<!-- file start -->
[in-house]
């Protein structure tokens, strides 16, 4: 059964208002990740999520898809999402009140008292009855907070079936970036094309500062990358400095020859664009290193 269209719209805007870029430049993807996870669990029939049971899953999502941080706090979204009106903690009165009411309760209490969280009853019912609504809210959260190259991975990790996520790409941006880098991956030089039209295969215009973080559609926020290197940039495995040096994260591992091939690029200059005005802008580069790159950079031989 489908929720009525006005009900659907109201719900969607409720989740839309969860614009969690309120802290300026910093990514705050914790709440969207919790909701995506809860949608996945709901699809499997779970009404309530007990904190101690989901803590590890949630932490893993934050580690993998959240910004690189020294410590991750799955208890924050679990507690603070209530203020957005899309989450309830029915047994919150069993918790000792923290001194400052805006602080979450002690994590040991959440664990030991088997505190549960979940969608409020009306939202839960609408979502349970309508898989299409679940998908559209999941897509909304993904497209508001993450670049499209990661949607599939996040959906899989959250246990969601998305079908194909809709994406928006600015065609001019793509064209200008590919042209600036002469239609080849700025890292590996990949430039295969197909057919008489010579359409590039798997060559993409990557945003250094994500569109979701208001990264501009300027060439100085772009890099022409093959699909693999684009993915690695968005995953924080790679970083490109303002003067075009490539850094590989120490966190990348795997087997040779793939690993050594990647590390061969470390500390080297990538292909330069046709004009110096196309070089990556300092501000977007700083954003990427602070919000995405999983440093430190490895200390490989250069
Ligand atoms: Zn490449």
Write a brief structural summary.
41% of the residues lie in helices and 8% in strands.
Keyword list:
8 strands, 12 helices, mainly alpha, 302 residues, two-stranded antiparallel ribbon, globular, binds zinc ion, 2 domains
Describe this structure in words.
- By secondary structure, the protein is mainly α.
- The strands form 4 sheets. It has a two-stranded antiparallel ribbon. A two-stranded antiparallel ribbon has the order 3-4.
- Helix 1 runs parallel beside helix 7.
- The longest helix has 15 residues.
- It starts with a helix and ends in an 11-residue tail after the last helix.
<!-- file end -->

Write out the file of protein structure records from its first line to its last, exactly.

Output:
[in-house]
């Protein structure tokens, strides 16, 4: 059964208002990740999520898809999402009140008292009855907070079936970036094309500062990358400095020859664009290193 269209719209805007870029430049993807996870669990029939049971899953999502941080706090979204009106903690009165009411309760209490969280009853019912609504809210959260190259991975990790996520790409941006880098991956030089039209295969215009973080559609926020290197940039495995040096994260591992091939690029200059005005802008580069790159950079031989 489908929720009525006005009900659907109201719900969607409720989740839309969860614009969690309120802290300026910093990514705050914790709440969207919790909701995506809860949608996945709901699809499997779970009404309530007990904190101690989901803590590890949630932490893993934050580690993998959240910004690189020294410590991750799955208890924050679990507690603070209530203020957005899309989450309830029915047994919150069993918790000792923290001194400052805006602080979450002690994590040991959440664990030991088997505190549960979940969608409020009306939202839960609408979502349970309508898989299409679940998908559209999941897509909304993904497209508001993450670049499209990661949607599939996040959906899989959250246990969601998305079908194909809709994406928006600015065609001019793509064209200008590919042209600036002469239609080849700025890292590996990949430039295969197909057919008489010579359409590039798997060559993409990557945003250094994500569109979701208001990264501009300027060439100085772009890099022409093959699909693999684009993915690695968005995953924080790679970083490109303002003067075009490539850094590989120490966190990348795997087997040779793939690993050594990647590390061969470390500390080297990538292909330069046709004009110096196309070089990556300092501000977007700083954003990427602070919000995405999983440093430190490895200390490989250069
Ligand atoms: Zn490449």
Write a brief structural summary.
41% of the residues lie in helices and 8% in strands.
Keyword list:
8 strands, 12 helices, mainly alpha, 302 residues, two-stranded antiparallel ribbon, globular, binds zinc ion, 2 domains
Describe this structure in words.
- By secondary structure, the protein is mainly α.
- The strands form 4 sheets. It has a two-stranded antiparallel ribbon. A two-stranded antiparallel ribbon has the order 3-4.
- Helix 1 runs parallel beside helix 7.
- The longest helix has 15 residues.
- It starts with a helix and ends in an 11-residue tail after the last helix.